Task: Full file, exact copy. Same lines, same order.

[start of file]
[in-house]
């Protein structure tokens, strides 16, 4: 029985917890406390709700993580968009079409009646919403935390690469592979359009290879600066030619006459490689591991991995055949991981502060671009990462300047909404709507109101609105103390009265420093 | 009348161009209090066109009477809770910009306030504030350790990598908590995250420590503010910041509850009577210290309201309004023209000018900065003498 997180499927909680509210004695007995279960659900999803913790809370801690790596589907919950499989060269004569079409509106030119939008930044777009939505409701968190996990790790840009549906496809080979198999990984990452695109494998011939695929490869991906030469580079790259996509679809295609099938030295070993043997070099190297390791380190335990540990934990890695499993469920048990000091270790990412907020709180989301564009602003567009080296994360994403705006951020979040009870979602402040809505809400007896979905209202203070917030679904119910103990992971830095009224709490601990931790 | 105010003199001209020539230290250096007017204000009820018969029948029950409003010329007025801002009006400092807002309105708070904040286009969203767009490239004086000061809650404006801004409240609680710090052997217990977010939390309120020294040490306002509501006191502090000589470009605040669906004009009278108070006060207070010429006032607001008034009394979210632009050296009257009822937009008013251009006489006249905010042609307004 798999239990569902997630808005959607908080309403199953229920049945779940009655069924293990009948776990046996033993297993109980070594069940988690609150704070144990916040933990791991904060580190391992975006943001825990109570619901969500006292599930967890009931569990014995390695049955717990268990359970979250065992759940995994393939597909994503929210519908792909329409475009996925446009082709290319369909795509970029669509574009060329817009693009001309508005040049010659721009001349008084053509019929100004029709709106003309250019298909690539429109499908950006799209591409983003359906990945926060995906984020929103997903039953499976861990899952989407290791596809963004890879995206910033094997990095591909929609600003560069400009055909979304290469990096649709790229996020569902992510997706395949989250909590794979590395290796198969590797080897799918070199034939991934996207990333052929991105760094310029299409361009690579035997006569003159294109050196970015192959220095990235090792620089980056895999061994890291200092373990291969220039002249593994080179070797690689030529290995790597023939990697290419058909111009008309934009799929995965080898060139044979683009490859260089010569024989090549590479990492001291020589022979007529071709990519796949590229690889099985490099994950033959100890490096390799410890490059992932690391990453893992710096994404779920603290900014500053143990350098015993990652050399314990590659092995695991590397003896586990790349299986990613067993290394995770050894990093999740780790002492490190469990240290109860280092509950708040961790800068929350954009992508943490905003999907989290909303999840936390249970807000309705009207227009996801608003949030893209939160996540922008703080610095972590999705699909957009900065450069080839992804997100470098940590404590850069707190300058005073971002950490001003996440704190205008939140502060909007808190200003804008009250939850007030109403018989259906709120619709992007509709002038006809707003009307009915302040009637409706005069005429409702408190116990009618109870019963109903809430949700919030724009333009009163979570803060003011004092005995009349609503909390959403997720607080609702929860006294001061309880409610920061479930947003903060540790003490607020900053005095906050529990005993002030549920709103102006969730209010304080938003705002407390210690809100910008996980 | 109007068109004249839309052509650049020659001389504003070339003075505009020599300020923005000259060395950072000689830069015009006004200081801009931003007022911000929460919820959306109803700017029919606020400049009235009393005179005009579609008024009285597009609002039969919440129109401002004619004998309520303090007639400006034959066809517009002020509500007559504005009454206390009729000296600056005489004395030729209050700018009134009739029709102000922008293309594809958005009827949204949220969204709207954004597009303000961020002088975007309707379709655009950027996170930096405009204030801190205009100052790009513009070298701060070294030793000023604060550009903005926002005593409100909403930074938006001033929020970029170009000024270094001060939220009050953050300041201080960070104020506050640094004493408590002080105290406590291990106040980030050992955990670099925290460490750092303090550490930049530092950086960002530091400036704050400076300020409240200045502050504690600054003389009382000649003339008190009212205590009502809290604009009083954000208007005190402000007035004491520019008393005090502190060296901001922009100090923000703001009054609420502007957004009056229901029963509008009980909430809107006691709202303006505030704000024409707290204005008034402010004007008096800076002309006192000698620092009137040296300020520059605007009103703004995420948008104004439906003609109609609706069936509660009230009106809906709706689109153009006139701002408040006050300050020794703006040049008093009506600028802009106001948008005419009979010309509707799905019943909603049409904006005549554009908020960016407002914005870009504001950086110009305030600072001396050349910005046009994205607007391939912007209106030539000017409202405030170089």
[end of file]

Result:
[in-house]
């Protein structure tokens, strides 16, 4: 029985917890406390709700993580968009079409009646919403935390690469592979359009290879600066030619006459490689591991991995055949991981502060671009990462300047909404709507109101609105103390009265420093 | 009348161009209090066109009477809770910009306030504030350790990598908590995250420590503010910041509850009577210290309201309004023209000018900065003498 997180499927909680509210004695007995279960659900999803913790809370801690790596589907919950499989060269004569079409509106030119939008930044777009939505409701968190996990790790840009549906496809080979198999990984990452695109494998011939695929490869991906030469580079790259996509679809295609099938030295070993043997070099190297390791380190335990540990934990890695499993469920048990000091270790990412907020709180989301564009602003567009080296994360994403705006951020979040009870979602402040809505809400007896979905209202203070917030679904119910103990992971830095009224709490601990931790 | 105010003199001209020539230290250096007017204000009820018969029948029950409003010329007025801002009006400092807002309105708070904040286009969203767009490239004086000061809650404006801004409240609680710090052997217990977010939390309120020294040490306002509501006191502090000589470009605040669906004009009278108070006060207070010429006032607001008034009394979210632009050296009257009822937009008013251009006489006249905010042609307004 798999239990569902997630808005959607908080309403199953229920049945779940009655069924293990009948776990046996033993297993109980070594069940988690609150704070144990916040933990791991904060580190391992975006943001825990109570619901969500006292599930967890009931569990014995390695049955717990268990359970979250065992759940995994393939597909994503929210519908792909329409475009996925446009082709290319369909795509970029669509574009060329817009693009001309508005040049010659721009001349008084053509019929100004029709709106003309250019298909690539429109499908950006799209591409983003359906990945926060995906984020929103997903039953499976861990899952989407290791596809963004890879995206910033094997990095591909929609600003560069400009055909979304290469990096649709790229996020569902992510997706395949989250909590794979590395290796198969590797080897799918070199034939991934996207990333052929991105760094310029299409361009690579035997006569003159294109050196970015192959220095990235090792620089980056895999061994890291200092373990291969220039002249593994080179070797690689030529290995790597023939990697290419058909111009008309934009799929995965080898060139044979683009490859260089010569024989090549590479990492001291020589022979007529071709990519796949590229690889099985490099994950033959100890490096390799410890490059992932690391990453893992710096994404779920603290900014500053143990350098015993990652050399314990590659092995695991590397003896586990790349299986990613067993290394995770050894990093999740780790002492490190469990240290109860280092509950708040961790800068929350954009992508943490905003999907989290909303999840936390249970807000309705009207227009996801608003949030893209939160996540922008703080610095972590999705699909957009900065450069080839992804997100470098940590404590850069707190300058005073971002950490001003996440704190205008939140502060909007808190200003804008009250939850007030109403018989259906709120619709992007509709002038006809707003009307009915302040009637409706005069005429409702408190116990009618109870019963109903809430949700919030724009333009009163979570803060003011004092005995009349609503909390959403997720607080609702929860006294001061309880409610920061479930947003903060540790003490607020900053005095906050529990005993002030549920709103102006969730209010304080938003705002407390210690809100910008996980 | 109007068109004249839309052509650049020659001389504003070339003075505009020599300020923005000259060395950072000689830069015009006004200081801009931003007022911000929460919820959306109803700017029919606020400049009235009393005179005009579609008024009285597009609002039969919440129109401002004619004998309520303090007639400006034959066809517009002020509500007559504005009454206390009729000296600056005489004395030729209050700018009134009739029709102000922008293309594809958005009827949204949220969204709207954004597009303000961020002088975007309707379709655009950027996170930096405009204030801190205009100052790009513009070298701060070294030793000023604060550009903005926002005593409100909403930074938006001033929020970029170009000024270094001060939220009050953050300041201080960070104020506050640094004493408590002080105290406590291990106040980030050992955990670099925290460490750092303090550490930049530092950086960002530091400036704050400076300020409240200045502050504690600054003389009382000649003339008190009212205590009502809290604009009083954000208007005190402000007035004491520019008393005090502190060296901001922009100090923000703001009054609420502007957004009056229901029963509008009980909430809107006691709202303006505030704000024409707290204005008034402010004007008096800076002309006192000698620092009137040296300020520059605007009103703004995420948008104004439906003609109609609706069936509660009230009106809906709706689109153009006139701002408040006050300050020794703006040049008093009506600028802009106001948008005419009979010309509707799905019943909603049409904006005549554009908020960016407002914005870009504001950086110009305030600072001396050349910005046009994205607007391939912007209106030539000017409202405030170089």